Romesco Sauce

Heavily influenced by the Moorish rule of the Iberian Peninsula from 711ad to 1492AD, the cuisine of Spain incorporates many influences from both the Arab world as well as the new world.  Moors (a collective term for both the Arabs and Berbers that invaded and ruled the Iberian peninsula) are credited with introducing many of characteristic ingredients to this region including: citrus, dates, eggplant, zucchini, rice, almonds, sugar, and the use of exotic spices such as saffron, cinnamon, and cumin.  The discovery of the new world by Christopher Columbus and other explorers contributed a great many new ingredients such as peppers, tomatoes, potatoes, and chocolate.

Spanish regional map Romesco sauce bears some similarities to Gazpacho in that it blends Moorish influence with New World ingredients.  Romesco however is from the region of Catalonia in the northeast and Gazpacho originated in the region of Andalusia, at the very southern end of the peninsula.   The modern food processor makes easy and quick work of what would have traditionally been a bit more cumbersome to prepare.  Romesco is a blending of ground nuts (often hazelnuts and/or almonds), toasted bread, pureed tomatoes and/or peppers, vinegar, spices and garlic.  Romesco could also be considered a cousin to Syrian Muhumarra, a very similar style sauce which traditionally uses pine nuts.

                       Romesco Sauce ingredients in processor          Finished Romesco in Processor

If “variety is the spice of life” then Romesco is one of the condiments and sauces everyone should learn to make.  Romesco can be used for anything from a dipping sauce for bread and vegetables to a pasta sauce, sandwich spread, and salad dressing.  Use it on its own or mix it with mayonnaise, sour cream, yogurt and other ingredients and let your mind and tastebuds go wild!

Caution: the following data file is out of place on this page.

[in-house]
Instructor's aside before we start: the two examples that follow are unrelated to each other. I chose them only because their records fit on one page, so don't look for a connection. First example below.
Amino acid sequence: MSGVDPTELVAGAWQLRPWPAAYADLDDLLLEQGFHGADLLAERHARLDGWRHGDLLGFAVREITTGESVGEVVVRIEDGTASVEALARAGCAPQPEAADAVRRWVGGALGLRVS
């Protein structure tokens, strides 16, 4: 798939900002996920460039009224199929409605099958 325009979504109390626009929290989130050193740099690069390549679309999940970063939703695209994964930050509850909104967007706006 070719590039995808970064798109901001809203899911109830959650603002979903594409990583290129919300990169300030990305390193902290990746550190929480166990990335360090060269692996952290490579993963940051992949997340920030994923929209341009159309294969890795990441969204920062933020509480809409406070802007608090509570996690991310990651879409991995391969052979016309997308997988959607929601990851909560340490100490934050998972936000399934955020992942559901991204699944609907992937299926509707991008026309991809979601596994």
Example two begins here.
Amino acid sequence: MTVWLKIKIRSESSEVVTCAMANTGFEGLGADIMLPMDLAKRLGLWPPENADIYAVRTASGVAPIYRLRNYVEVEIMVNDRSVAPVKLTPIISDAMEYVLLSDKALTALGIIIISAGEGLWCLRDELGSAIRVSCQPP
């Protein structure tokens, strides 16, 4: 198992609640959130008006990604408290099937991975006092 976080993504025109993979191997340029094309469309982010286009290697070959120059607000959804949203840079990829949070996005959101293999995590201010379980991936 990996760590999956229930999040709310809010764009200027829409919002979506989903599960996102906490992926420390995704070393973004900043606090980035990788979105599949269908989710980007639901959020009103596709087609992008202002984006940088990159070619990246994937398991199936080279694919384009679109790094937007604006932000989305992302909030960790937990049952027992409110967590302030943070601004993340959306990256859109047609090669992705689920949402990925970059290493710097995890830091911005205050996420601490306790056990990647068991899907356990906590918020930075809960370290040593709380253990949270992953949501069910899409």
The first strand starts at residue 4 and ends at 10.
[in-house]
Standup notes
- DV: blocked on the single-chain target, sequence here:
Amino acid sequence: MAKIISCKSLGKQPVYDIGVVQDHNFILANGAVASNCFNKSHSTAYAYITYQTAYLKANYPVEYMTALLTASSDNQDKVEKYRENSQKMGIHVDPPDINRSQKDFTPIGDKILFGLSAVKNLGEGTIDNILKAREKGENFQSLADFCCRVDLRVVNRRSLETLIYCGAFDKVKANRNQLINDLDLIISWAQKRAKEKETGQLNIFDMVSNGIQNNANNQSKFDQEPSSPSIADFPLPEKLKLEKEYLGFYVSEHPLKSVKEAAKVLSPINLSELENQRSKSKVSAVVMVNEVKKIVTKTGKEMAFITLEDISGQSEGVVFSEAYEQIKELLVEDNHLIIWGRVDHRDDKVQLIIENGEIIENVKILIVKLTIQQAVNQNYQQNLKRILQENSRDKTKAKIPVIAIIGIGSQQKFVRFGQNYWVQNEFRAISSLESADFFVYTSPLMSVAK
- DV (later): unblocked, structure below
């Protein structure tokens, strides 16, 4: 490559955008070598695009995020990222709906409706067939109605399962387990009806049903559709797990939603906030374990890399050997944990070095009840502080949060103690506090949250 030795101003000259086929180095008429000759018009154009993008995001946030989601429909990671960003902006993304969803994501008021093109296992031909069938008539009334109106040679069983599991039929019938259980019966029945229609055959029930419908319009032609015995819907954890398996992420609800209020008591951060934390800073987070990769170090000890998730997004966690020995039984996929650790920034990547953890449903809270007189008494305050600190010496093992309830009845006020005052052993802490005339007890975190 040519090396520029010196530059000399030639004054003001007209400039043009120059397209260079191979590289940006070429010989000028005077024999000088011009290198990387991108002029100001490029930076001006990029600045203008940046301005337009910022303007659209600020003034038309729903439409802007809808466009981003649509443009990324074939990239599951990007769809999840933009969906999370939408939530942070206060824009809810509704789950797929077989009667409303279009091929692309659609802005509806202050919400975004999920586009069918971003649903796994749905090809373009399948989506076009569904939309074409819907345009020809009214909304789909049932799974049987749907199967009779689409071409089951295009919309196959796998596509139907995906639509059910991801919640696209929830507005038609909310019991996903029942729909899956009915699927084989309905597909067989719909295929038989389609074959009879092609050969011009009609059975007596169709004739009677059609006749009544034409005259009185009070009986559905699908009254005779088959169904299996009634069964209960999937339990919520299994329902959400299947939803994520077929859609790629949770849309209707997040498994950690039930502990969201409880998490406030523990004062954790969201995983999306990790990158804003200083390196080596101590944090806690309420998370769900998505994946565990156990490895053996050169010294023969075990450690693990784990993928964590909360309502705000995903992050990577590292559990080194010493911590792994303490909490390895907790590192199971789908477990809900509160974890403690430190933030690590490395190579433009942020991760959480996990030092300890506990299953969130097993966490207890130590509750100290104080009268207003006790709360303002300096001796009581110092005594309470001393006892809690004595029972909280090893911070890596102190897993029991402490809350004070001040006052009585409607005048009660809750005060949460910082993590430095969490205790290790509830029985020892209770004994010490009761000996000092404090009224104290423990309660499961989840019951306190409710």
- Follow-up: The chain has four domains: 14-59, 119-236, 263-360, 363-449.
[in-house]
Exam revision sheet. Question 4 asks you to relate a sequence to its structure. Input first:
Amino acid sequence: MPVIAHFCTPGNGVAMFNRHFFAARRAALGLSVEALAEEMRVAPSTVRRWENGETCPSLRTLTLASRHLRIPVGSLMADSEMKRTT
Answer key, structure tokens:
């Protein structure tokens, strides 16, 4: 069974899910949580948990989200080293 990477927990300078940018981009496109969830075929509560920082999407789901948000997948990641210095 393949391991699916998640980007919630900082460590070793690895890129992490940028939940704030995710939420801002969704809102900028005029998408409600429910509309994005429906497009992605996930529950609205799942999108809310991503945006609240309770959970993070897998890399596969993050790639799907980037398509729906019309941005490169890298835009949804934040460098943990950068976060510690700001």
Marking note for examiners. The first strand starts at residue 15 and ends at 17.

Romesco Sauce & Grilled Potatoes 2

Many variations abound, some relying more on roasted peppers as the base and other using tomatoes and tomato paste combined with dried chilies but all are very similar.  Adjust the nuts and combination of ingredients to suit your taste.  This is a recipe I recently concocted:

Spanish-Style Romesco Sauce

Yield: About 3 cups

3 red bell peppers
1 tomato
1 piece of country-style bread (any type of firm artisan type bread will do)
1/2 cup olive oil, divided use
1/2 cup toasted almonds
3 cloves garlic
2 teaspoons Aleppo pepper
2 teaspoons paprika
1 teaspoon kosher salt
3 tablespoons red wine vinegar
Preheat a charcoal or gas grill.  If a grill isn’t available, then preheat broiler.

Roast peppers on the grill or in the broiler until charred.   Cut the tomato in half at the equator.  Rub both sides of the tomato and the bread with a little of the olive oil.  Place tomatoes cut side down on the grill along with the bread.  Grill until toasted and slightly charred on both sides.

Remove core and peel roasted peppers.  Place all ingredients except olive oil into the workbowl of a food processor.  Grind until mixture comes together into a paste.  Scrape sides of bowl and while processor is running, drizzle in remaining olive oil to form an emulsion.  Taste and adjust seasoning with additional garlic, vinegar, salt or pepper as desired.  Use as desired or refrigerate for future use.  The sauce should be fine for 1-2 weeks refrigerated.  Freeze for longer storage and return to processor to re-emulsify if necessary after thawing.